The Value of Luxury Goods
Nothing Is Easy
A Germen colleague and I were responsible for removing a suspended ceiling. Even though the Styrofoam ceiling tiles were not heavy, we needed to raise our heads most of the time. My back hurt after just several minutes. Moreover, the dust from the ceiling made it hard to breathe, even when I wore a mask.
We worked 11 hours from 6 pm to 5 am every day, including 15 minutes of paid smoke breaks (the foreman always let us rest 30 minutes) and a 30-minute unpaid meal break.
The job was a challenge to me, especially the first three and half hours from 6 to 9: 30 pm— it always seemed to last forever. There was always loads of works waiting for me, but my arm muscles were often too sore to lift above my head and it seemed like a century before the break time arrived.
Thirty minutes of meal break was too short to enjoy. It passed so quickly that it felt like I just sat down, had a sip of water and a bite of bread, and went back to work. It fully demonstrated the theory of relativity.
It appeared that all my colleagues were physically stronger than me, especially those two Germans. They were so energetic that they could hum songs while working, while I felt completely exhausted.
After the first shift, I dragged my feet slowly back to the hostel. It was 8 in the early morning when I got back to my room. I hurried to eat some bread and drink a glass of milk, and then went to bed. I woke up at 3 pm and went to the market to buy food for supper and my midnight meal. It was almost 5 pm by the time I finished supper and prepared my midnight meal. So I had to leave again and start a new night of work at 6 pm.
It was extremely tiresome the first week. I kept telling myself, “Nothing is easy for adults.” I kept telling myself that this is what it meant to cut myself off from my family economically and shoulder my responsibilities as an adult.
Conflicts in Intercultural Communication
While coping with work pressure, I also had problems communicating with colleagues from different countries. Culture is a river and each of us is a fish swimming in it. We are not aware of where the river is, but we are bound to it. Even if I jumped into the Australian river, I maintained my way of thinking and life attitudes as a Chinese fish. Therefore, it was inevitable for me to encounter problems and even conflicts when living with “fish” from different countries in the ethnically diverse society of Australia.
My German colleague Jackson was stubborn and maintained absolute fairness at work, but the Italian foreman liked to allocate work in a casual way. For example, two workers were in a group. One was responsible of removing floor slabs, and the other was responsible of putting the slabs into dump trucks. The work of dumping slabs was not so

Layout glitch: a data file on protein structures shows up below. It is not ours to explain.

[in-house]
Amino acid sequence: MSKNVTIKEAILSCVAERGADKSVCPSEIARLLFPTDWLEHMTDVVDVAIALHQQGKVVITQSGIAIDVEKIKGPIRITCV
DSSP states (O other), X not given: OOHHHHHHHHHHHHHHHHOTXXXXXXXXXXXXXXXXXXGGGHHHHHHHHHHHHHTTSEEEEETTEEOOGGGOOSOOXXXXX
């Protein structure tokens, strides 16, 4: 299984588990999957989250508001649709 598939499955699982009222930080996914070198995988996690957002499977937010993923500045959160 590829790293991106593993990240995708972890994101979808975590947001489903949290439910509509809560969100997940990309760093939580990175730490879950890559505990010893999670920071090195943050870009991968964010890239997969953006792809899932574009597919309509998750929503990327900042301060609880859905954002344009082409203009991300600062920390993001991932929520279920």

tiresome, so Jackson demanded to trade jobs every 20 minutes.
In my view, the workload was pretty much the same. It was inconvenient to switch jobs every 20 minutes because they needed to climb up and down the scaffolds again and again. As the other workers didn’t agree with Jackson’s suggestion erther, they argued and finally agreed to follow the foreman’s arrangement.
In fact, it was hard to define absolute fairness. For instance, Sherry, a blonde girl from New Zealand was another colleague of mine. She was only responsible of pushing the button on the elevator, but got the same pay as the male workers who had to toil all day long.
I found that Australian people had developed a unique way of resolving the conflicts in the cross- cultural context. First off, there was zero tolerance for any racial or religious discrimination. No matter who had conflicts, nobody could discriminate based on the other’s nationality, ethnicity, or religion; otherwise, he or she would be fired. Second, the complaints channel was very effective and efficient. Any employee could write to the relative department and complain about any unfair treatment or discrimination. Once verified, the company would definitely rectify the problem and give a reasonable solution to the complainant. These principles guaranteed that workers with different ethnicities and cultural backgrounds could work together harmoniously.
I got my first payment at the end of the first week. They transferred 1500 Australian dollars to my bank account and I got 1200 after paying tax, which was equivalent to the monthly salary of a white collar in China.
When the first check came in, I was down to my last 100 Australian dollars. I had mixed feelings when getting my first payment, but I knew I had succeeded in surviving this new life in Australia.
( From ChengduEconomic
Daily , October 6, 2018. Translation: Li Li)